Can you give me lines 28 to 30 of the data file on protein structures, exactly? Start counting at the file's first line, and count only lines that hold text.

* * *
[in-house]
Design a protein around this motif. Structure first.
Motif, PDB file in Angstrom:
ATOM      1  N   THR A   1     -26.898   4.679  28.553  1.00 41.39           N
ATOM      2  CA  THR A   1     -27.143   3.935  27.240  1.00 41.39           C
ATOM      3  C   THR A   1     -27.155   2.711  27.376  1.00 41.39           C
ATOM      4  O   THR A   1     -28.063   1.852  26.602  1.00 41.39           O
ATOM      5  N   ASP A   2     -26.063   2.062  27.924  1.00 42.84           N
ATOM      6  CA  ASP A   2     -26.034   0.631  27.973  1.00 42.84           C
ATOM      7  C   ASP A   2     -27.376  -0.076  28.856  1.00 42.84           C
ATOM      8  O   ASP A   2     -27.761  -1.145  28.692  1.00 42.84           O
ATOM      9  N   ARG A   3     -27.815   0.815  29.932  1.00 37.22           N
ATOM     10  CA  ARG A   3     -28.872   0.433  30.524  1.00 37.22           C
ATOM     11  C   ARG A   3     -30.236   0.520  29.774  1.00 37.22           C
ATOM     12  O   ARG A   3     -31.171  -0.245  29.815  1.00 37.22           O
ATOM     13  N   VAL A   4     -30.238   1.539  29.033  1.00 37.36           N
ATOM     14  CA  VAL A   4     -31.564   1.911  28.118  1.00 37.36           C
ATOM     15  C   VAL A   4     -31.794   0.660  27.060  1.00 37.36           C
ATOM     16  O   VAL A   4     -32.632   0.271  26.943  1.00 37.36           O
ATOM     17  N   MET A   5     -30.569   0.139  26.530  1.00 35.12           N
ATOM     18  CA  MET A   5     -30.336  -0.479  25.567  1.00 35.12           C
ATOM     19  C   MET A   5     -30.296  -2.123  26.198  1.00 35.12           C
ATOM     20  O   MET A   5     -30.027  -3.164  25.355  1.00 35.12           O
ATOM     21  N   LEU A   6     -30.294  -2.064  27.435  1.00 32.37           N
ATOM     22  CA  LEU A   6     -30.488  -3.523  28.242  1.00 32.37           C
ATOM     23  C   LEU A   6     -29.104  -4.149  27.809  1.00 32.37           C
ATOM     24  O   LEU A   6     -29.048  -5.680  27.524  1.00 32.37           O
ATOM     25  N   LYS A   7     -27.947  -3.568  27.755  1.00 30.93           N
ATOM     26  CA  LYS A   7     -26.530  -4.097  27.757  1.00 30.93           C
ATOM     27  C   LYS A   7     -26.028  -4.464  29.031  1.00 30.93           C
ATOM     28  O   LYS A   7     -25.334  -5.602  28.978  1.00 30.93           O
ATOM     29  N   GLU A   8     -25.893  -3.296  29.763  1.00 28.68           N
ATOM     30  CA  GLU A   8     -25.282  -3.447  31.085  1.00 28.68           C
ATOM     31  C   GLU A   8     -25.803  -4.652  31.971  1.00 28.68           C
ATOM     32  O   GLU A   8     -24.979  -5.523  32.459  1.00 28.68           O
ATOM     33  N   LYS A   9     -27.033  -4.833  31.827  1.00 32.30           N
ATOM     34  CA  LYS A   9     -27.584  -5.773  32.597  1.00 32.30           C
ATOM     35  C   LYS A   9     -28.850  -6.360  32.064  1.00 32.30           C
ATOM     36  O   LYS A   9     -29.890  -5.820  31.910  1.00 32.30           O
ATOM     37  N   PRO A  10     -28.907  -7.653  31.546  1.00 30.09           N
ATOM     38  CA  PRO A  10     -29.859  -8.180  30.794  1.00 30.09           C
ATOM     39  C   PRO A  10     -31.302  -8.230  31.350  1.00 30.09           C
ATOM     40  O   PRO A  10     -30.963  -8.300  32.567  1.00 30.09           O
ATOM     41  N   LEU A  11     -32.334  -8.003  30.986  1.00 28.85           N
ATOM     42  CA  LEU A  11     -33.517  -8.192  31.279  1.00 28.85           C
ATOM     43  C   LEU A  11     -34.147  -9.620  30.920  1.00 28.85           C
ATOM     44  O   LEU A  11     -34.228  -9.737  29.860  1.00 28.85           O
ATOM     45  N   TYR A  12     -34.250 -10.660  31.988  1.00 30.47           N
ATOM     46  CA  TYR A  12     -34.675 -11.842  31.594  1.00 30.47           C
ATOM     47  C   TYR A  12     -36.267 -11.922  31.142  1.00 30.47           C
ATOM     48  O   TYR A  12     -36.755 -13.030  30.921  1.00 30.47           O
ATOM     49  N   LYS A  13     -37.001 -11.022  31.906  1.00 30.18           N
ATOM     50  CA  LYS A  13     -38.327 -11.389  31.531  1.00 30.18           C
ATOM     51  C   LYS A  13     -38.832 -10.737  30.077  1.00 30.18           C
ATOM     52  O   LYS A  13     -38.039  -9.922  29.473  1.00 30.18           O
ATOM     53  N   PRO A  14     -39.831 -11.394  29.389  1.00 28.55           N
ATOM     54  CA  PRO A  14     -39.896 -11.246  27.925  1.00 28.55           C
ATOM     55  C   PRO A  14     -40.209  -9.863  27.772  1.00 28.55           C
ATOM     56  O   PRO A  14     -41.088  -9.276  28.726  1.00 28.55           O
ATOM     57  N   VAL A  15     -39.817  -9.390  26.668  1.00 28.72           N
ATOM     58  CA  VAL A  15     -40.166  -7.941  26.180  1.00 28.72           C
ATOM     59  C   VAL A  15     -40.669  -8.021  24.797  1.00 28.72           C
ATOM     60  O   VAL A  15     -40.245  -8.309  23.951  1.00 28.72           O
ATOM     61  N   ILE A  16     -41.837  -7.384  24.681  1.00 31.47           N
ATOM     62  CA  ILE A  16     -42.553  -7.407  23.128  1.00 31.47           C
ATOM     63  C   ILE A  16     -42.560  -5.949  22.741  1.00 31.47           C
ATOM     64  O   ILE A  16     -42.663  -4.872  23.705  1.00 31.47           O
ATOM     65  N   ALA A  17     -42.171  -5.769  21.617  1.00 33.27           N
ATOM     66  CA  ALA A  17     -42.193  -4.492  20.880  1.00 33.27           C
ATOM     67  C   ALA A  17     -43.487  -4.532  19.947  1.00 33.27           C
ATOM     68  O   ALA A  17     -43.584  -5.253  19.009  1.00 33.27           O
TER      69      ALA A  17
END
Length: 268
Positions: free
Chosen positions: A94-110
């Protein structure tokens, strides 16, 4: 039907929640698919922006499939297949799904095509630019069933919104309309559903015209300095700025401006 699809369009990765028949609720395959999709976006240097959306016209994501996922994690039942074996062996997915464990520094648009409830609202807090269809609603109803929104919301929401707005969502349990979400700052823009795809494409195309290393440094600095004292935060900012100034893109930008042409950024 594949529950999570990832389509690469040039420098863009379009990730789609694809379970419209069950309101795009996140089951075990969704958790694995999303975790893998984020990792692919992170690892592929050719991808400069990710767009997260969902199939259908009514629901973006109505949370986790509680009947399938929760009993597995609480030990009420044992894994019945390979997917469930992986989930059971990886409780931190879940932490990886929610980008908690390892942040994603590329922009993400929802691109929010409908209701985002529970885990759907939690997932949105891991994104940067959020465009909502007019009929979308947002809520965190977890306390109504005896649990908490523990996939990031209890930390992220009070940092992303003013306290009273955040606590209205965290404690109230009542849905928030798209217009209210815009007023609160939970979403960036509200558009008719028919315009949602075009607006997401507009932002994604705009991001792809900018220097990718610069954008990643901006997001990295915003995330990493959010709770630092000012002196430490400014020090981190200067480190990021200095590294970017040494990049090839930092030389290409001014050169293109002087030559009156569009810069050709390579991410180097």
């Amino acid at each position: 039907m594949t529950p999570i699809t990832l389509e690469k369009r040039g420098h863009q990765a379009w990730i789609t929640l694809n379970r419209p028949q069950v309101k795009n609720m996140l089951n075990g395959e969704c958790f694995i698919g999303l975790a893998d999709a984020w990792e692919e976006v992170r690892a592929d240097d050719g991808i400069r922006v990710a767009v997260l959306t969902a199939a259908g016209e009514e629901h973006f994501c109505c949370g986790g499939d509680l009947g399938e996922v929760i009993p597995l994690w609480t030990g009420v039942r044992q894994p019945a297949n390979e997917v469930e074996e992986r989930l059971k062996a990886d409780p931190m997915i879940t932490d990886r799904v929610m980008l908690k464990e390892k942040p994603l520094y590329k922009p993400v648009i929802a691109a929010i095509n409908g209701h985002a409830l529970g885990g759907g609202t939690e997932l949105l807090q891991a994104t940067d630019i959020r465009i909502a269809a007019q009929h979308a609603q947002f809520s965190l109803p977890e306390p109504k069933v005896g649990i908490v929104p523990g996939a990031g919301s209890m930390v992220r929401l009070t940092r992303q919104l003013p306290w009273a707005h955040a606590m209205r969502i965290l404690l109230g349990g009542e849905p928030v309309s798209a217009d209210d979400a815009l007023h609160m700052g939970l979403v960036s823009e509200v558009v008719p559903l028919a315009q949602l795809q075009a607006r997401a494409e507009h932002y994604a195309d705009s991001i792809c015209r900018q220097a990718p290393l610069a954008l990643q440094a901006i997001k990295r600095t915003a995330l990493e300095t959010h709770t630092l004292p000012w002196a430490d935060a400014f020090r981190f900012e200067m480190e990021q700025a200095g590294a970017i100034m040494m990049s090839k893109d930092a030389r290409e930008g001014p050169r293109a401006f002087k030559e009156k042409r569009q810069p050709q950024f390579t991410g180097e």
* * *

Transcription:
ATOM     25  N   LYS A   7     -27.947  -3.568  27.755  1.00 30.93           N
ATOM     26  CA  LYS A   7     -26.530  -4.097  27.757  1.00 30.93           C
ATOM     27  C   LYS A   7     -26.028  -4.464  29.031  1.00 30.93           C